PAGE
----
To further elucidate whether the decline in the albumin level was mainly related to an expansion of the plasma volume or to trans-capillary leakage we reiterated all four models with the inclusion of period (ii)/(iii) (day −30/0) vs. period (iv) (days 1–7) as a covariate. We compared these models with and without Hb as a covariate to assess its impact on the albumin level decline.

Reiterations were made for all above graphic depictions and analyses in subgroups pertaining to all variables in models (1)–(4) (age divided into 15–64, 65–80, +80 years), for patients who were deceased or alive 7 or 30 days after the bacteraemia date, and for patients with at least one specimen date in each of the time periods (ii)–(v).

The program Stata®, vs. 14, (StataCorp., College Station, TX, USA) was used for all analyses.

Ethical considerations

The study was approved by the Danish Data Protection Agency (no. 2013-41-2579).



Among the original 2785 bacteraemia patients [24], 2472 (88.8%) had CRP measured from 2 days before through the day after the bacteraemia date, including 121 245 specimen dates with measurements of CRP, albumin and/or Hb (data not shown). A total of 49 293 specimen dates (40.7%) had measurements of all three biochemical parameters and each patient had from 1 to 674 specimen dates (median 29, interquartile range 13–60, mean 49).

To deduce the numbers of specimen dates per person-year we excluded the following: dates after 15 June 2009 (last date of recording vital status) (n = 8077), dates after death, disappearance or emigration (n = 2), dates in patients who emigrated before their bacteraemia (9 dates in 1 patient). 113 157 specimen dates (93.3%) in 2471 patients remained. The number of specimen dates per person-year increased in the years up to the year of their first-time community-acquired bacteraemia and decreased in the years thereafter (Fig. 1). Separate scatter plots for albumin, CRP and Hb did not deviate materially from Figure 1 (data not shown).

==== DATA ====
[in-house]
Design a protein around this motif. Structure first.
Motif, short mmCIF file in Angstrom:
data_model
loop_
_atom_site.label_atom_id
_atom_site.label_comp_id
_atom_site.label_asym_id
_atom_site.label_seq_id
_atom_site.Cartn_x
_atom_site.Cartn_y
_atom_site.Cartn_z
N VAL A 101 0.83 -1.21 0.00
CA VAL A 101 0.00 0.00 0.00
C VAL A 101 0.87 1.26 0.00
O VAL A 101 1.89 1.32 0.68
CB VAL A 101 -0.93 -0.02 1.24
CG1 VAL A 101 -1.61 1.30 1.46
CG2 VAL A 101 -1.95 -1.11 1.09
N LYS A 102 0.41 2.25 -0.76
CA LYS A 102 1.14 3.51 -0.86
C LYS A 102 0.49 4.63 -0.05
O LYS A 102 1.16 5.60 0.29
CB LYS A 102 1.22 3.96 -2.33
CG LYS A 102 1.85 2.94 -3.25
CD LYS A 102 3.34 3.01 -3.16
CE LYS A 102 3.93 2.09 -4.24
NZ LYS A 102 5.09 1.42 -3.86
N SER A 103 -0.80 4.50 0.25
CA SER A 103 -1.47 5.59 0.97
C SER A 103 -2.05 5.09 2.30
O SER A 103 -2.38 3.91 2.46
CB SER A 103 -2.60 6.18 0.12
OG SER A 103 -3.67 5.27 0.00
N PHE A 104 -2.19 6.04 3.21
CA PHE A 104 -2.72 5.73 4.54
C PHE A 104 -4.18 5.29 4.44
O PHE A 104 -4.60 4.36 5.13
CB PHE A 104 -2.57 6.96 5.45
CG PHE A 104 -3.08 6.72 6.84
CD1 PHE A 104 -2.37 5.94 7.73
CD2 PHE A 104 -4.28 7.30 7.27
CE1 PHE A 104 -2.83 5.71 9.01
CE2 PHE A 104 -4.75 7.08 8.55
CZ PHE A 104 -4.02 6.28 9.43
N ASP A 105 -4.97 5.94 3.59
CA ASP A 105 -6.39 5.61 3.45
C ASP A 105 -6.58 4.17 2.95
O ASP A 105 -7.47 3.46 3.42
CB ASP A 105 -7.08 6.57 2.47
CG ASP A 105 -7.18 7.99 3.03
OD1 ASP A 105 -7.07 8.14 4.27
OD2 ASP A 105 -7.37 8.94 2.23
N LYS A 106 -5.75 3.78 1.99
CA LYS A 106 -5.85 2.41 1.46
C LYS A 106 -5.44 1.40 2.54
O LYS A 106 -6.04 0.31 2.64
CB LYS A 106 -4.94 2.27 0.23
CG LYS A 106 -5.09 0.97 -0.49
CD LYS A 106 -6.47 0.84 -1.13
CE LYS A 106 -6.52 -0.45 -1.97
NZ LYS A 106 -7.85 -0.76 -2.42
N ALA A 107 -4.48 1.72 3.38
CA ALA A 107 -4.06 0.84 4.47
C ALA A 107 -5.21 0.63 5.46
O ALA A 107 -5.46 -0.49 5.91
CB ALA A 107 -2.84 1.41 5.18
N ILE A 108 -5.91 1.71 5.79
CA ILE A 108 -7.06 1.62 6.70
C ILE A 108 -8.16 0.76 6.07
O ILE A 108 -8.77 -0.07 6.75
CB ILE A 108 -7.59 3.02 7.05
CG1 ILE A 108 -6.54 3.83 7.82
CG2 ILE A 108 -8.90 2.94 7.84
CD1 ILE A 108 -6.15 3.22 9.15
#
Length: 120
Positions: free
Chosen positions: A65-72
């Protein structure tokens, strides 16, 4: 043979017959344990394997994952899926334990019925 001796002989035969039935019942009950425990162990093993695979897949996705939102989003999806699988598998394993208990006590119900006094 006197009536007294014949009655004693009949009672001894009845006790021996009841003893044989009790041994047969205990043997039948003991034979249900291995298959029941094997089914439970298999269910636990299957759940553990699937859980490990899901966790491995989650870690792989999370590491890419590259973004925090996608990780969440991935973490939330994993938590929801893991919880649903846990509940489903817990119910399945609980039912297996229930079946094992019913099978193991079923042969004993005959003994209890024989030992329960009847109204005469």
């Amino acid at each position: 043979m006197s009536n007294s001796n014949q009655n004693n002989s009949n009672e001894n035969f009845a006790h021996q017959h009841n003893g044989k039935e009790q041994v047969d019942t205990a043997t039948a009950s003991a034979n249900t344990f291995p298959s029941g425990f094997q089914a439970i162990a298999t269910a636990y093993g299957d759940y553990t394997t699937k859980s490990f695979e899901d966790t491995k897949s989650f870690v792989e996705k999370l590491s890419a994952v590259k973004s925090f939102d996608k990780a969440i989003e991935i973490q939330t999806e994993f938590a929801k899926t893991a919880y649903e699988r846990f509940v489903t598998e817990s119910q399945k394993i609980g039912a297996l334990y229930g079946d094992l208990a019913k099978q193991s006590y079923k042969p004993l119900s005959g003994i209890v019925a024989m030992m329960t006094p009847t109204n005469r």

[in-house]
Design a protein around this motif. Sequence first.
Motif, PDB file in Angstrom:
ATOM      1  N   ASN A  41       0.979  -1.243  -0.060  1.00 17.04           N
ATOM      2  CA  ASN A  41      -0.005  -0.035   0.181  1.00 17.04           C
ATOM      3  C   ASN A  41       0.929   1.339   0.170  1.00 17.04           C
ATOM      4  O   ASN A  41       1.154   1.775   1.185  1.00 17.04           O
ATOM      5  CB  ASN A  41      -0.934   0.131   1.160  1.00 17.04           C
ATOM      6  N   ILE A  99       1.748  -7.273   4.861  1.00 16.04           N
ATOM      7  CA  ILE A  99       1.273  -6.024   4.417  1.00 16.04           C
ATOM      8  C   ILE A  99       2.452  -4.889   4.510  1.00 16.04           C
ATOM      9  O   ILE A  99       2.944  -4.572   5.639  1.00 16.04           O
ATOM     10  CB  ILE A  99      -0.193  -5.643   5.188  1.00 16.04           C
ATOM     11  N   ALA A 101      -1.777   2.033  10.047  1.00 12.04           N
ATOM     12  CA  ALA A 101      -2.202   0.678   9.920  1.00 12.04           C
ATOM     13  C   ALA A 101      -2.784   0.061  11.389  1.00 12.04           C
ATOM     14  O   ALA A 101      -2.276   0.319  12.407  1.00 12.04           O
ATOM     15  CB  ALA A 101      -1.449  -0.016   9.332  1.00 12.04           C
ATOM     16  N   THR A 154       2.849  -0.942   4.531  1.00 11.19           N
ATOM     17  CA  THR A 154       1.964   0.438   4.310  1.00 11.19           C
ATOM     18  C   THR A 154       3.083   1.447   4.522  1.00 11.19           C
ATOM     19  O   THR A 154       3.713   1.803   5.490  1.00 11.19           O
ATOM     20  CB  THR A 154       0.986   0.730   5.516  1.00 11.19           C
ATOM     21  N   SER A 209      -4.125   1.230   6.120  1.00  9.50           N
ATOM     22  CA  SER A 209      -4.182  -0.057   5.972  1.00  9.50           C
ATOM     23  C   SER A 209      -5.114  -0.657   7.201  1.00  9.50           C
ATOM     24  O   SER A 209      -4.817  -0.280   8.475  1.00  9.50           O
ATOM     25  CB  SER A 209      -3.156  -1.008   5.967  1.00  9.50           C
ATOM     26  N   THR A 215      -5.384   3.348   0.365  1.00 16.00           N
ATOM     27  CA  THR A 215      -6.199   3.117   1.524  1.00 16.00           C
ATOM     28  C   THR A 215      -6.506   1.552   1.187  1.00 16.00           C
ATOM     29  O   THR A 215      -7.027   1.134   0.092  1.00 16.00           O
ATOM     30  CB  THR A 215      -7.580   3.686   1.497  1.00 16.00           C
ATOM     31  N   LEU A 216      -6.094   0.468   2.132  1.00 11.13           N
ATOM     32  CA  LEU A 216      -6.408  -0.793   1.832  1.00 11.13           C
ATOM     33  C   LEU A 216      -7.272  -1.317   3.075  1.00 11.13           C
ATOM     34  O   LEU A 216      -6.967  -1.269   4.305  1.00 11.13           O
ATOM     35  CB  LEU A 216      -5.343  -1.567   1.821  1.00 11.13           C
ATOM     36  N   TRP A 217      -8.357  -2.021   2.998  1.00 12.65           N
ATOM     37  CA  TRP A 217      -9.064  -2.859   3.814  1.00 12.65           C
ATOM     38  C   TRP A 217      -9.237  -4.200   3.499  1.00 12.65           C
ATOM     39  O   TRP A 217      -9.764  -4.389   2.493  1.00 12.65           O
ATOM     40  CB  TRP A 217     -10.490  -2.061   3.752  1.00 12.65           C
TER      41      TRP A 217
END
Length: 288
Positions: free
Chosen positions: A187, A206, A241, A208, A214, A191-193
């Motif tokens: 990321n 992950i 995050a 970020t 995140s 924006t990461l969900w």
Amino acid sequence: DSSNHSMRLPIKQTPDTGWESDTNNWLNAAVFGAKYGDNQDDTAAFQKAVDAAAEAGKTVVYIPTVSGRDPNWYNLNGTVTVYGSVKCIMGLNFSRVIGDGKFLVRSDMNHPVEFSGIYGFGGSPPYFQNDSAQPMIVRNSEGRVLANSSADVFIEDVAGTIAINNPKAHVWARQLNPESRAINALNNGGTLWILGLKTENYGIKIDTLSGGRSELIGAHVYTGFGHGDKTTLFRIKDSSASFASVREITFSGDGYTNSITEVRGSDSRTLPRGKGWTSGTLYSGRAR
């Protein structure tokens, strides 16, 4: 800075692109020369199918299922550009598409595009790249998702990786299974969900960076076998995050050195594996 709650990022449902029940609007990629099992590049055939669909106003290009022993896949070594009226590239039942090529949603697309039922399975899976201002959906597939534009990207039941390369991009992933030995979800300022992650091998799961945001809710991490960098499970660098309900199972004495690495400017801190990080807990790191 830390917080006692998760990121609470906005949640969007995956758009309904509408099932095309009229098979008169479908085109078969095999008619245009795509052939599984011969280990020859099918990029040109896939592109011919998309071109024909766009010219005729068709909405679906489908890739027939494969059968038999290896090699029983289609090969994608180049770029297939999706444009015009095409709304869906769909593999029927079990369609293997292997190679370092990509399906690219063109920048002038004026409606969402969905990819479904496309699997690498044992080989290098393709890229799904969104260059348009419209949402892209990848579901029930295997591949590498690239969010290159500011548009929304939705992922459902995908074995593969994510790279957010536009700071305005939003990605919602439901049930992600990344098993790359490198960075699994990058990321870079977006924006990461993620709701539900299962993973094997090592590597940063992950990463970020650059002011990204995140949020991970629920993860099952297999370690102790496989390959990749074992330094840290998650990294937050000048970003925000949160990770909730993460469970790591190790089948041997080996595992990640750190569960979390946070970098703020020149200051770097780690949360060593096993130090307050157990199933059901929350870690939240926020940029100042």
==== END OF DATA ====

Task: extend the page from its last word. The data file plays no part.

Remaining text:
Fig. 1. Number of specimen dates (with plasma albumin, C-reactive protein and/or haemoglobin measured) per person-year (represented by the area of a circle in upper panel and numbers in lower panel).

Mean albumin levels from 30 days before to 30 days after bacteraemia

Albumin in g/l (Fig. 2, upper panel) comprised 21 560 measurements from 2427 patients (each with 1–54 measurements). The mean albumin levels (33.6 g/l) were steady before day 1, after which a sudden decline to 29.3 g/l occurred on day 1. Although the albumin level increased a little from days 15 to 30, on which it was 30.4 g/l, the mean level was still 29.3 g/l during the whole period from day 0 to 30. Regardless of the period, the mean albumin level was below the normal range of 35–50 g/l.

Fig. 2. Mean levels and their 95% confidence intervals of plasma albumin (upper panel), C-reactive protein (middle panel) and haemoglobin (lower panel) from 30 days before through 30 days after the date of bacteraemia (day 0, marked by vertical red line).